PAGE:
You are currently viewing the printable version of this article, to return to the normal page, please click here.

Old bulls fend off newfangled newscasts

- The Washington Times - Friday, June 22, 2007

Dan Rather no doubt spoke for many viewers when he recently accused his former bosses at "CBS Evening News" of trying to revive the ailing broadcast by "dumbing it down and tarting it up."

Or, perhaps we should say many former viewers, as "CBS Evening News" in the era of Katie Couric seems to be hemorrhaging them.

Quite apart from his apparently low opinion of Miss Couric, it seems to me Mr. Rather gave CBS network execs far too much credit by attributing to them such cynical motives.

They're too dimwitted to be cynical.

And so, come to think of it, are their counterparts at ABC News, who, through no foresight of their own — rather, tragic luck — claim the top anchor in Charles Gibson.

Consider:

Since the end of the roughly coterminous careers of the Big Three anchors — Mr. Rather, NBC's Tom Brokaw and the late Peter Jennings of ABC — the networks, each facing declining viewership, faced a choice: Break cleanly from the past and shake things up. Or stick with the tried-and-true Cronkite-ian model of solo, staid newsman.

NBC chose the latter; for years it had groomed Brian Williams for Mr. Brokaw's job as "Nightly News" anchor. The December 2004 transition went smoothly, and Mr. Williams quickly rose to the top of the ratings heap.

The other networks chose the former.

When Mr. Rather bowed out at CBS — under unspecified pressure following the crackup of his "60 Minutes II" report on President Bush's Air National Guard service — he was temporarily replaced by longtime correspondent Bob Schieffer. Ratings went up, slightly but appreciably.

CBS eventually snatched defeat from the jaws of victory, though, by opting for egalitarian-minded boldness and crowning Miss Couric as the first solo female anchor in the history of broadcast television.

Miss Couric took over for Mr. Rather last September, to much fanfare and an initial spike in viewership, but the media cheerleading soon faded — and people stopped watching. Miss Couric's ratings have plummeted. She now trails the pack.

I'm guessing Mr. Schieffer's modest success doesn't look so sneeze-worthy now, eh?

ABC News had tried a similarly bold approach to the post-Big Three era. In December 2005, it tapped as co-anchors of "World News Tonight" Bob Woodruff and Elizabeth Vargas, the first male-female duo since Connie Chung was paired with Mr. Rather.

Because of a roadside attack on Mr. Woodruff in Iraq, which left the anchor critically injured, we'll never know how the duo would have fared in the long run. Yet it's reasonable to assume that Mr. Woodruff and Miss Vargas would have met a fate not much rosier than Miss Couric's.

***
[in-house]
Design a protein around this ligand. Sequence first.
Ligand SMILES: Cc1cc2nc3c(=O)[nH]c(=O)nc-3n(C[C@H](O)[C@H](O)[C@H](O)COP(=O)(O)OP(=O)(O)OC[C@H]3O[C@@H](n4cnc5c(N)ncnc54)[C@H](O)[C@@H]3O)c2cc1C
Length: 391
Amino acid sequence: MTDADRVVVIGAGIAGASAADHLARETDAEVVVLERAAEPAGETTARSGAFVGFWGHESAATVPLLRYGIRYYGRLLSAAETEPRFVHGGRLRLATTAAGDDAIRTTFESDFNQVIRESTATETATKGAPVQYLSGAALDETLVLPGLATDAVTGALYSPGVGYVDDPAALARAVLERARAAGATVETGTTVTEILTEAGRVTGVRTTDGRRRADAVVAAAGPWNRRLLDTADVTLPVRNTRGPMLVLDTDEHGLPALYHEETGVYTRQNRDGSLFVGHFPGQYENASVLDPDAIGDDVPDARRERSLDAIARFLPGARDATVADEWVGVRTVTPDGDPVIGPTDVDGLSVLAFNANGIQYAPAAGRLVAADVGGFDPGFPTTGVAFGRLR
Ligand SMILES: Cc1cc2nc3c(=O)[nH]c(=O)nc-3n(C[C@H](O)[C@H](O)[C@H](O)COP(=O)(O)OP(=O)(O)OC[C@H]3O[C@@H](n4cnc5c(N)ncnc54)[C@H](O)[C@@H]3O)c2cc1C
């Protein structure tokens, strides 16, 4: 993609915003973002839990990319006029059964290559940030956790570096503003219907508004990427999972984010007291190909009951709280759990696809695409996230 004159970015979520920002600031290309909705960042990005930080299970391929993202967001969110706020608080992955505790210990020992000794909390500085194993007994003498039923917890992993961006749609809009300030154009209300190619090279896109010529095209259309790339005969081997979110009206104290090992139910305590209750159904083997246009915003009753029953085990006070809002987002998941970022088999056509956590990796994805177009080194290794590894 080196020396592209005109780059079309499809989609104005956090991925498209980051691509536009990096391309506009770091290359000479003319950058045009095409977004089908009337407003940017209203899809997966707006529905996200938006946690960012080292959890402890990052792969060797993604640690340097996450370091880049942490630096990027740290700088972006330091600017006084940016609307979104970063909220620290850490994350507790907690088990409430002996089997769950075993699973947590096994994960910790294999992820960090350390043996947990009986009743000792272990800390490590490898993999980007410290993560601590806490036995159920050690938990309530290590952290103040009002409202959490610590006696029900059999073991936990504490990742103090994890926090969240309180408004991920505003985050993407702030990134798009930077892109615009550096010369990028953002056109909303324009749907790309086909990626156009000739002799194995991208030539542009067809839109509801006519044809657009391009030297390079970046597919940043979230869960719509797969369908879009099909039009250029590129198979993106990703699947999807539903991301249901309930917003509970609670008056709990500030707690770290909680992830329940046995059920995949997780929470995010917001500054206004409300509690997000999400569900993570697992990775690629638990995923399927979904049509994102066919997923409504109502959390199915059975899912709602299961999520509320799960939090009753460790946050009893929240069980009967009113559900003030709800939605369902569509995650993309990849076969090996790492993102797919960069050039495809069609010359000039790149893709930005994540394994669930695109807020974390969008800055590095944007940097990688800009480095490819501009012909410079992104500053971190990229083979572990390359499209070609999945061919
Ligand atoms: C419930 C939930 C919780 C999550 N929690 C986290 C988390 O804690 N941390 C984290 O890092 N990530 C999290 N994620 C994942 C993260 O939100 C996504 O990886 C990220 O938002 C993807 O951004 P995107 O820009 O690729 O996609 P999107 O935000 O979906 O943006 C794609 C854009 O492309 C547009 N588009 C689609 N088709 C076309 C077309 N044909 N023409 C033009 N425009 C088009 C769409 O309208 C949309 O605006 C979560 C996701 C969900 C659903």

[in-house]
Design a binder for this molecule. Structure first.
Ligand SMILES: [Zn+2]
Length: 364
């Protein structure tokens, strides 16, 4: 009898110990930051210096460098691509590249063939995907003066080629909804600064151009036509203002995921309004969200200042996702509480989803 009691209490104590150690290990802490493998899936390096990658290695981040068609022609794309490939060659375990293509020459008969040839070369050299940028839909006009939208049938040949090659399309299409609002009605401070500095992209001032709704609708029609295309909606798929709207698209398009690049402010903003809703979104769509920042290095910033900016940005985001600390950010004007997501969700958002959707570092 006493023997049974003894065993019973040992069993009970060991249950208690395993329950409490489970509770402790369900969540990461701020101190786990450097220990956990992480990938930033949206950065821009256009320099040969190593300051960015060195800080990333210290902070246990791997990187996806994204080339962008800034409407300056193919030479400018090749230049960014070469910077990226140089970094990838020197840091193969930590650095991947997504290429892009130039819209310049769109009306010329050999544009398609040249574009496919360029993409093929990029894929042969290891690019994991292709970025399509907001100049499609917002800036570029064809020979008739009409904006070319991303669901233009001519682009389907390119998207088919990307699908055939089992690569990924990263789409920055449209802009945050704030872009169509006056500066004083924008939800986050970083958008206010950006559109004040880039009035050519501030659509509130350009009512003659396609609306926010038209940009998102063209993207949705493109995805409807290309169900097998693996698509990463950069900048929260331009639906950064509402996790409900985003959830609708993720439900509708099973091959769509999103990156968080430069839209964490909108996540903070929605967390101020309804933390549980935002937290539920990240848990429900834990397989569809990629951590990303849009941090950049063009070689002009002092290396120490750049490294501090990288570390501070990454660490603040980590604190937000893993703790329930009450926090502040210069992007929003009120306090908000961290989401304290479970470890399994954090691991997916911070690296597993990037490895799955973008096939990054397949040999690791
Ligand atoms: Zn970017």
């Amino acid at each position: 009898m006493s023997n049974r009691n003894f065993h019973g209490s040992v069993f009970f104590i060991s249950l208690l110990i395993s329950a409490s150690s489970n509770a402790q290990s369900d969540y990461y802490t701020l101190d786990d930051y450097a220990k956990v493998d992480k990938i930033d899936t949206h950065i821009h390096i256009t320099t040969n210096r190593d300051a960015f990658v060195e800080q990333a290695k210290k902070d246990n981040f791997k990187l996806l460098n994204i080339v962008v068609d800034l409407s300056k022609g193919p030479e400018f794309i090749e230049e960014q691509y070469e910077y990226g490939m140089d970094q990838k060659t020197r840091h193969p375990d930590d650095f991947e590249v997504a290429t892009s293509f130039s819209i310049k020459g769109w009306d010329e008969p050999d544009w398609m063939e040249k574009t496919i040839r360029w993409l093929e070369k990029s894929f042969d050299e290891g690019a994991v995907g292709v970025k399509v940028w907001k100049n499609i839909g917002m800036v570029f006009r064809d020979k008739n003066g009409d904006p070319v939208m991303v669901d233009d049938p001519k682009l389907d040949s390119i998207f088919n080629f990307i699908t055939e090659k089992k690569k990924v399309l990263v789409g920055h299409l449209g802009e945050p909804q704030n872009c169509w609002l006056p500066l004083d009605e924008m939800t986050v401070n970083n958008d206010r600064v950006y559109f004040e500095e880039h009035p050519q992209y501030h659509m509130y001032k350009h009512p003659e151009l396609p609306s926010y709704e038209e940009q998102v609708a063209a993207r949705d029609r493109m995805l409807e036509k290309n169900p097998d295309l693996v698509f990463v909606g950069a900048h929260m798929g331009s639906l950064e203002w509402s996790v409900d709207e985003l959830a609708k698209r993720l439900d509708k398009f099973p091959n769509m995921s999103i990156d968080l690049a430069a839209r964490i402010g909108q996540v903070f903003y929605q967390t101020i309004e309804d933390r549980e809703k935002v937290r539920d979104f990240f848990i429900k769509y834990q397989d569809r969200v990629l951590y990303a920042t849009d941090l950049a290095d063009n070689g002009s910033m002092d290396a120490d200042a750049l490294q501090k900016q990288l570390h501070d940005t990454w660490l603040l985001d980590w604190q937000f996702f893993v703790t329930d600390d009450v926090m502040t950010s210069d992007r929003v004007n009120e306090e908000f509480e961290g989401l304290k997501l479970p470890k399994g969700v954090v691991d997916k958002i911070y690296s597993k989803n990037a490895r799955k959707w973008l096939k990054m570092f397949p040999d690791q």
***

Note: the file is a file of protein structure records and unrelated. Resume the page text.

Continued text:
Why?

Look at the ascendancy of Charles Gibson, whom ABC News President David Westin had considered to replace Mr. Jennings before eventually going with the ill-starred Woodruff-Vargas duo. (Miss Vargas resigned in May 2006 citing pregnancy and maternity leave.)

Mr. Gibson had trailed Mr. Williams until this past January; since then his ratings have climbed steadily. Nielsen Media Research has "World News With Charles Gibson," as the program is now known, leading with an average of 8 million viewers nightly, compared to 7.3 million for Mr. Williams and a distant 6.1 million for Miss Couric.

Mr. Williams, Mr. Gibson, Mr. Schieffer. Hmm. Are you noticing the cross-network pattern of success, too?

It doesn't take tremendous powers of induction to figure out this has something to do with the aging — and shrinking — demographic that tunes into the evening news.

The average viewer of such broadcasts is 60 years old, according to John Doolittle, associate professor at American University's School of Communication.

For whatever reason, these folks prefer their evening news anchors to be male and alone.

"Women on network news feature programs like '60 Minutes' do fine," Mr. Doolittle points out. "Diane Sawyer and Jane Pauley come to mind. But on their own, they seem to get a critical eye."

The news isn't all bad for the news, so to speak. News programming is cheap to produce, Mr. Doolittle says, and advertisers are still keen on reaching viewers, even as their number dwindles.

It's possible, then, that the networks acted too soon by inaugurating the Katie Couric era. They might have milked the old model a bit longer, hoping all the while that a younger public will one day reconnect with mainstream television journalism.

Less optimistically, it may be the case that holding on to the old model was their only real choice — because that young public never will arrive.

Mr. Doolittle says it's an open question whether the network nightly news format will survive at all. There's the continual onslaught of 24-hour cable news — which, combined with increasingly long work commutes gobbling up evening hours, may render the traditional nightly news' time slot obsolete.

And then there's competition from the Internet, which has spawned TV outlets of its own, not to mention the capability of delivering news to cell phones, BlackBerrys and other hand-held devices.

Network news could learn a thing or two from its online rivals.

Blogs and so-called "wikis" (Web sites that allow users to generate and edit content) suggest that what the media-savvy public wants most is to have say in what's news — to, in some sense, participate in as well as consume journalism.

"Perhaps," says Mr. Doolittle, "networks can imitate talk-radio shows and allow for audience response to stories."

Who knows? Dan Rather might still have the anchor's chair today if CBS viewers could have railed at him directly.